All guidance is informal in nature, because the parent or teacher does not impose information and skills upon the child. Rather, the child is exposed to her culture and encouraged to absorb that culture. Nothing specific is expected or demanded from children in terms of their musical responses.
There are two types of informal guidance. In unstructured informal guidance, which is appropriate from birth to approximately age three, the parent or teacher does not plan specifically what she will say and do. In structured informal guidance, which should take place roughly between ages three and five, the parent or teacher does plan specifically what she will say and do, but does not expect specific responses from the child.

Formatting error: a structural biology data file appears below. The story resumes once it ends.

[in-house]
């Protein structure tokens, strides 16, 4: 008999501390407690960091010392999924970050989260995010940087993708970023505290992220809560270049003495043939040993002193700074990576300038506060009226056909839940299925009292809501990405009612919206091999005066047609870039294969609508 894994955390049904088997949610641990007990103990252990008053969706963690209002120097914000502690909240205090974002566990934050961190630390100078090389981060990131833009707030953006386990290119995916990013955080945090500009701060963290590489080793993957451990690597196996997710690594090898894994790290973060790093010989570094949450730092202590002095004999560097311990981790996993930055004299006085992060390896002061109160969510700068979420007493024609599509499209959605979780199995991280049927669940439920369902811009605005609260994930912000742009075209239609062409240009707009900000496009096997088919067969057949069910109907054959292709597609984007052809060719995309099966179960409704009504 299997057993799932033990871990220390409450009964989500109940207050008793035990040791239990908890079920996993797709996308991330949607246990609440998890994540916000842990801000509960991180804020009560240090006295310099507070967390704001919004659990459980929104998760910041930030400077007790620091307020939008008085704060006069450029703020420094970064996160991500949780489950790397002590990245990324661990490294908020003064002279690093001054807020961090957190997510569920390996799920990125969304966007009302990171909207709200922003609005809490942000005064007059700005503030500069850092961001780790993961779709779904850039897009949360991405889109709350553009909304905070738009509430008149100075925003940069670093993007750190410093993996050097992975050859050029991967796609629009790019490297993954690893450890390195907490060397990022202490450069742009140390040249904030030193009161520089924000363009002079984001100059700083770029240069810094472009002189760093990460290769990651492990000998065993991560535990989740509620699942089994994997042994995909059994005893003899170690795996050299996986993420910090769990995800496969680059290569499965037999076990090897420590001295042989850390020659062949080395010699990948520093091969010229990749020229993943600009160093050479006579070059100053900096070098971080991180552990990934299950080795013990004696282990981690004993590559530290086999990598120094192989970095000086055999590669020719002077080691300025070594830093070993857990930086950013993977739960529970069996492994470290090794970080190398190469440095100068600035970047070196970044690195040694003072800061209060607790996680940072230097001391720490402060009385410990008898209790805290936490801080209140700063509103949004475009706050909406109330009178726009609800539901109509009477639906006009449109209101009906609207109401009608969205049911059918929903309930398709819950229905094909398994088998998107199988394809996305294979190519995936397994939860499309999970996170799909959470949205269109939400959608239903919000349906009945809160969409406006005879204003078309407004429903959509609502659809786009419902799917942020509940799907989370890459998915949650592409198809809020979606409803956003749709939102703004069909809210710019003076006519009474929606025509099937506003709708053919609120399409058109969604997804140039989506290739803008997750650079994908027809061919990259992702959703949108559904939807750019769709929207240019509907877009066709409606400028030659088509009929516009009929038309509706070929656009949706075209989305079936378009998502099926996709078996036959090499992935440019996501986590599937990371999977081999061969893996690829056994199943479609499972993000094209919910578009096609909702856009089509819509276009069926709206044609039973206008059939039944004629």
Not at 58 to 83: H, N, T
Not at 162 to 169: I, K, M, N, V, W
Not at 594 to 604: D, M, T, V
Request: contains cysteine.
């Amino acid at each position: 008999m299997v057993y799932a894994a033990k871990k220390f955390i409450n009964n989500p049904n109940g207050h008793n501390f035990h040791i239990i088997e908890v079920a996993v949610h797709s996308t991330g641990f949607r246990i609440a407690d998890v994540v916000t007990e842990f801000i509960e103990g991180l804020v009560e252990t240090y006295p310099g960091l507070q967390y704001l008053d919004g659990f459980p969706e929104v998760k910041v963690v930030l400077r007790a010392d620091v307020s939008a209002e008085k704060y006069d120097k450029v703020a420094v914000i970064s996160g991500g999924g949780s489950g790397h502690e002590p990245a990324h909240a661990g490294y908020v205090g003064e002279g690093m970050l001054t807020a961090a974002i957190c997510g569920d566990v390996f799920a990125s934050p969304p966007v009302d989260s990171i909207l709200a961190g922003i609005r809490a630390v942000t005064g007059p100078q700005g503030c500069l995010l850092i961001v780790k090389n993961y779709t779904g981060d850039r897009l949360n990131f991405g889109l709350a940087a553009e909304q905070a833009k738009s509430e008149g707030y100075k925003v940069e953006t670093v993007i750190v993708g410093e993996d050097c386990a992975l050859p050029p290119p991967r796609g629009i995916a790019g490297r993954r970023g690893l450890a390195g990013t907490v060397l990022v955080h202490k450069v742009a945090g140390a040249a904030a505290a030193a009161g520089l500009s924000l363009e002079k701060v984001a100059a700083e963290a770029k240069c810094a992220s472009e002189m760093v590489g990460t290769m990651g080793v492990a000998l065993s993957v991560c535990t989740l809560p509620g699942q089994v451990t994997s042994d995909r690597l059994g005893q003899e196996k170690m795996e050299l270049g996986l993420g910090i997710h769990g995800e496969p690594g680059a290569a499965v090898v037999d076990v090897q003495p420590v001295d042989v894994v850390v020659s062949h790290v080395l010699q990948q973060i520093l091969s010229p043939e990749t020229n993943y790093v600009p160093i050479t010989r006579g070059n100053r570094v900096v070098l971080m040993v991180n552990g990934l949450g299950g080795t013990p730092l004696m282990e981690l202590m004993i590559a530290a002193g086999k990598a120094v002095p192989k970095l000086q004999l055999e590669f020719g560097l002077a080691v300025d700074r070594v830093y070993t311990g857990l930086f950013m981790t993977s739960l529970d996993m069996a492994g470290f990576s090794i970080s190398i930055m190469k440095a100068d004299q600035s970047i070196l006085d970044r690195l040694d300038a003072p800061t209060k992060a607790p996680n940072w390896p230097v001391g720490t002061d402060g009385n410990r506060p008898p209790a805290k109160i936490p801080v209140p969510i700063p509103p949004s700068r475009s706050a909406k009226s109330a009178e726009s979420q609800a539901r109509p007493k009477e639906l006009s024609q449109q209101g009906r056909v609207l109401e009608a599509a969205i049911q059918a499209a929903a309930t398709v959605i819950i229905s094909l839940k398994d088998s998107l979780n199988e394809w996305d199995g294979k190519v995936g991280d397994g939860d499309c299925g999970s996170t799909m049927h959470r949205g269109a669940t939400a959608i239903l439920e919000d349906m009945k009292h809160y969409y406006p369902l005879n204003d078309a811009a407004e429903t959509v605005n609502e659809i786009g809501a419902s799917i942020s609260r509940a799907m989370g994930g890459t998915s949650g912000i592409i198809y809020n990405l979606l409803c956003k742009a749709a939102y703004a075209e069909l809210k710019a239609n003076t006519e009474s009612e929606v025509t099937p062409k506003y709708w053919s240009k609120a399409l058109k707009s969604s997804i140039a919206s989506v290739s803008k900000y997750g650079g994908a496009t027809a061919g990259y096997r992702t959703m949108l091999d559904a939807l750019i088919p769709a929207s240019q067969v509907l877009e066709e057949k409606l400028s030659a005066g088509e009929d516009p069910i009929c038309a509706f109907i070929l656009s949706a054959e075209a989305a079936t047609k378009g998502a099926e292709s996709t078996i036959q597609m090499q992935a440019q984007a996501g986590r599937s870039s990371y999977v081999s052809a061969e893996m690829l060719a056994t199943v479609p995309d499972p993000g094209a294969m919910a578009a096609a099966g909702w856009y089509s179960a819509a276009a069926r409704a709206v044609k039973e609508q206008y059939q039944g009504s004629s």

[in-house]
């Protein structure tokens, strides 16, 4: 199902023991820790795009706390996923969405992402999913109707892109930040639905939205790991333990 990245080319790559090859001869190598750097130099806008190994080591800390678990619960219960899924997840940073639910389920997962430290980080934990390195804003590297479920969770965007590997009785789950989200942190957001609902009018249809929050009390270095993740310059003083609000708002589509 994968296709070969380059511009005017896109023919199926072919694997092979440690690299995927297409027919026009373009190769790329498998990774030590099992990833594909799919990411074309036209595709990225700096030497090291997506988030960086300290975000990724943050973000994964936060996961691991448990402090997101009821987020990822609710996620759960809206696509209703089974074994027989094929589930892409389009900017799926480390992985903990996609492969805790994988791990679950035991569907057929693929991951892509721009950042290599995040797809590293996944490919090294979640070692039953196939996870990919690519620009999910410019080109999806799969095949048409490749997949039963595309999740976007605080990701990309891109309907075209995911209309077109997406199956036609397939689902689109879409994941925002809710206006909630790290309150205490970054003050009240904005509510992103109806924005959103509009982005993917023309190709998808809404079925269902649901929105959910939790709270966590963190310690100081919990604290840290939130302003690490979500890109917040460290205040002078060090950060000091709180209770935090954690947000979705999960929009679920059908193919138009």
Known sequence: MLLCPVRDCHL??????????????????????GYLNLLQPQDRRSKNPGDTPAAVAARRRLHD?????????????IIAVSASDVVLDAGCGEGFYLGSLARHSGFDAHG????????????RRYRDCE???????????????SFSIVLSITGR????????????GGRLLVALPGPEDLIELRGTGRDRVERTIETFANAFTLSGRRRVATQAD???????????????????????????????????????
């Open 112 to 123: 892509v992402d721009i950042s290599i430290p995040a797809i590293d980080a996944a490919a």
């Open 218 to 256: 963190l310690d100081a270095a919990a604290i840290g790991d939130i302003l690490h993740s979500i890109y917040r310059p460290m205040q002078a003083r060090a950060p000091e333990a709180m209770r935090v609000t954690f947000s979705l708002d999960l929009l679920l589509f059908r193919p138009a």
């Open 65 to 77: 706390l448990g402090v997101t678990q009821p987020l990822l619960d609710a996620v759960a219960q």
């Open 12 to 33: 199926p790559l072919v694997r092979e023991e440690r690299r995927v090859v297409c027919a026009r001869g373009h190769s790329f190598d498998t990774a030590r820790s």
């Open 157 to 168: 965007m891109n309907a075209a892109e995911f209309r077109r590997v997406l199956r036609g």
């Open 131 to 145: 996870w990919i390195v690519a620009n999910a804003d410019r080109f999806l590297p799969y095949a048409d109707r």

Formal instruction should normally commence at age five, when the child enters kindergarten. In formal instruction, in addition to the parent or teacher specifically planning what will be taught, teaching is organized into allotted time periods, and cooperation, including specific types of responses, is expected of the child.
The musical thinking of children who have not emerged from music babble is called preparatory audiation. Children in preparatory audiation should receive unstructured and structured informal guidance in music. They will not benefit from formal instruction until they have learned to audiate.
There are three types of preparatory audiation. They are acculturation, imitation, and assimilation. The seven stages of preparatory audiation exist within the three types of preparatory audiation according to the following table.